I was too busy standing up and singing along and being proud to be an American, included in that word like never before, to take a picture of the television. This is from the New York Times.
On days like this, remembering that the promise of the Constitution wasn't just for some but for all of us, I miss Florence a lot. She would have heard that this land was her land too, not just parts of the Village or a couple of friends' living rooms.
And on days like this, I wish my gramma and my bubby were here to see this. They fled from the Old Country to the New World because of the promise of the Constitution. They would have heard that the promise wasn't just words, but real lives thriving.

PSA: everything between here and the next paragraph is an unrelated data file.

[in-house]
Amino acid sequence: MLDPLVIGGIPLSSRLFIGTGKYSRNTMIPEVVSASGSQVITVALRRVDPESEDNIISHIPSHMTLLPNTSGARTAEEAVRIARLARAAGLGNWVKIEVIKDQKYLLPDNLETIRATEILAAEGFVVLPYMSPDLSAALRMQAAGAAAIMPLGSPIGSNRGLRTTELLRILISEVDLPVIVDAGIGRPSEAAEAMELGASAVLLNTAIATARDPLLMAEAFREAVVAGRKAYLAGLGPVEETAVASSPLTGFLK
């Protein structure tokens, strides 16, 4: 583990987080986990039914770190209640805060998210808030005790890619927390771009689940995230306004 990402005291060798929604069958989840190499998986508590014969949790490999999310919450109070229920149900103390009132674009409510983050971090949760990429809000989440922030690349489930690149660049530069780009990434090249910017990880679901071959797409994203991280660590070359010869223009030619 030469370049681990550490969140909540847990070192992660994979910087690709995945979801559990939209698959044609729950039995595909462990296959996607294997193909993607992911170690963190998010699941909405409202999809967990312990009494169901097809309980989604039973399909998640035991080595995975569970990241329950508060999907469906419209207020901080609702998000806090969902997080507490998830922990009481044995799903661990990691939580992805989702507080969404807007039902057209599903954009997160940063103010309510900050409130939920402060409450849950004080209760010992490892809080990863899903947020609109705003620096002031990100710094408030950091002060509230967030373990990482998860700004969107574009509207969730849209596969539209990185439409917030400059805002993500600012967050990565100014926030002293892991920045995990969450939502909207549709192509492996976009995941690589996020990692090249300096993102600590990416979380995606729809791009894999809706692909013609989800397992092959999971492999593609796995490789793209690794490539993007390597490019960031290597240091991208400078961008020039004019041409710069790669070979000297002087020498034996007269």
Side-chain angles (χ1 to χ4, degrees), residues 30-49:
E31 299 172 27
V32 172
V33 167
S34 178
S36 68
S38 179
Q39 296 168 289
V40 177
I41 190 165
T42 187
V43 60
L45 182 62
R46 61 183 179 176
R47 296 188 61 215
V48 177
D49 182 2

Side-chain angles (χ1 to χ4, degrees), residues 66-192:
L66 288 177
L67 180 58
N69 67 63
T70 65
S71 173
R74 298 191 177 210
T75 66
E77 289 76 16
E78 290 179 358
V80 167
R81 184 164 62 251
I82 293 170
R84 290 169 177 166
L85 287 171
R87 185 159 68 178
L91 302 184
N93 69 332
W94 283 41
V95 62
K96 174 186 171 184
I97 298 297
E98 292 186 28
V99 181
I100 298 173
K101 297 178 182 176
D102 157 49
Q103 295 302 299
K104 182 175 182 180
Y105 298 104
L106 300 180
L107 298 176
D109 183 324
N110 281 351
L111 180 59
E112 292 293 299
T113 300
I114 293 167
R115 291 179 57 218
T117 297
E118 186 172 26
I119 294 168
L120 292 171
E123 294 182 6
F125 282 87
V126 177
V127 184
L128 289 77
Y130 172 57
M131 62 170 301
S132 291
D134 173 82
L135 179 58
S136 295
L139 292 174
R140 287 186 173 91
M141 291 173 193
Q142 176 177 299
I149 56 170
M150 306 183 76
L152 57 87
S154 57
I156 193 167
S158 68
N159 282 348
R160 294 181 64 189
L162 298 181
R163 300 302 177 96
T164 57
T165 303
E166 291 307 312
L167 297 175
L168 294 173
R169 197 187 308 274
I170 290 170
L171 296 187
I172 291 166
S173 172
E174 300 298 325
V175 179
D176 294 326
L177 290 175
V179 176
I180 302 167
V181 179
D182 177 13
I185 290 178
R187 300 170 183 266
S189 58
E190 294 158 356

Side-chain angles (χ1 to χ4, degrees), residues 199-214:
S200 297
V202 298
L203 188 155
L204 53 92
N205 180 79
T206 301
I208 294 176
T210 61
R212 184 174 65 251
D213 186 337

Look! A woman justice swearing in the Vice President!
Look! Us and all our family and friends and neighbors and co-workers in the crowd, on the podium, everywhere. It's not just that scumbag Republican who gets to be there. We do too!
Listen! That's Brooklyn up there, where our families lived before moving to the lower east side, and that's our anthem, sung like it was meant to be sung!
But most of all, my gramma and my bubby would have heard "Thank you".
The long road of their flight from that Old Country to this New World had not been in vain, even with the brutal poverty and horrible violence and crazy-ass people hating them because of what they were, not who they were.
They took that long road and, because of that, their granddaughter, standing up proud in front of the television, gets to live in a country that allows her the freedom to vote, to protest against the government, to own property if she can ever afford it, to practice the religion of her choice, to fight for change so the promise of the Constitution continues to be for all, not just some, and to love who she damn well feels like loving.
Shona Tova, Shona Tova, a new year for all of us, a new year, indeed.